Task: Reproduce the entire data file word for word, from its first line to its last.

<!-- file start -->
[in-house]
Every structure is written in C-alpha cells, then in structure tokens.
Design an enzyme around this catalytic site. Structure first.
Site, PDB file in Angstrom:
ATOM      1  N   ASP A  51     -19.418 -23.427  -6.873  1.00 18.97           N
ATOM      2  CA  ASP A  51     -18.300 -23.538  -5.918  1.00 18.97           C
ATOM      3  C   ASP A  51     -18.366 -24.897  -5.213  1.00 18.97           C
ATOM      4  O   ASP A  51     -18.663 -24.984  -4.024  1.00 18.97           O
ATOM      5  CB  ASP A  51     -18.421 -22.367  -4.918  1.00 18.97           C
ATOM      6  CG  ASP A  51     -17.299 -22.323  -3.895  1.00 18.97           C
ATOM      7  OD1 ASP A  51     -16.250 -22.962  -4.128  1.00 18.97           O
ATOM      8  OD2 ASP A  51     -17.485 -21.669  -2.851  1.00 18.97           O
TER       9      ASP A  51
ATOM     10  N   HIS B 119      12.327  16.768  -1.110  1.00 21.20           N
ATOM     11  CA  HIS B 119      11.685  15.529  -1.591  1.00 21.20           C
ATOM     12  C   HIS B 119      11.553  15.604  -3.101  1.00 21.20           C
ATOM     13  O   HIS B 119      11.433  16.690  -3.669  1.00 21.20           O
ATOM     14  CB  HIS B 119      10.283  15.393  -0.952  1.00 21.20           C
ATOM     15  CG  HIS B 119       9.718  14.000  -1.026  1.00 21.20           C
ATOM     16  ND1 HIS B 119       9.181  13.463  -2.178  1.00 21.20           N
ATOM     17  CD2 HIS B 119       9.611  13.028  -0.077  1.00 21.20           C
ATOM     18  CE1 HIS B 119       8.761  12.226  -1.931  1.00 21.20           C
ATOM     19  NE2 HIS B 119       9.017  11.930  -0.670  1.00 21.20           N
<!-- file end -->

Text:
[in-house]
Every structure is written in C-alpha cells, then in structure tokens.
Design an enzyme around this catalytic site. Structure first.
Site, PDB file in Angstrom:
ATOM      1  N   ASP A  51     -19.418 -23.427  -6.873  1.00 18.97           N
ATOM      2  CA  ASP A  51     -18.300 -23.538  -5.918  1.00 18.97           C
ATOM      3  C   ASP A  51     -18.366 -24.897  -5.213  1.00 18.97           C
ATOM      4  O   ASP A  51     -18.663 -24.984  -4.024  1.00 18.97           O
ATOM      5  CB  ASP A  51     -18.421 -22.367  -4.918  1.00 18.97           C
ATOM      6  CG  ASP A  51     -17.299 -22.323  -3.895  1.00 18.97           C
ATOM      7  OD1 ASP A  51     -16.250 -22.962  -4.128  1.00 18.97           O
ATOM      8  OD2 ASP A  51     -17.485 -21.669  -2.851  1.00 18.97           O
TER       9      ASP A  51
ATOM     10  N   HIS B 119      12.327  16.768  -1.110  1.00 21.20           N
ATOM     11  CA  HIS B 119      11.685  15.529  -1.591  1.00 21.20           C
ATOM     12  C   HIS B 119      11.553  15.604  -3.101  1.00 21.20           C
ATOM     13  O   HIS B 119      11.433  16.690  -3.669  1.00 21.20           O
ATOM     14  CB  HIS B 119      10.283  15.393  -0.952  1.00 21.20           C
ATOM     15  CG  HIS B 119       9.718  14.000  -1.026  1.00 21.20           C
ATOM     16  ND1 HIS B 119       9.181  13.463  -2.178  1.00 21.20           N
ATOM     17  CD2 HIS B 119       9.611  13.028  -0.077  1.00 21.20           C
ATOM     18  CE1 HIS B 119       8.761  12.226  -1.931  1.00 21.20           C
ATOM     19  NE2 HIS B 119       9.017  11.930  -0.670  1.00 21.20           N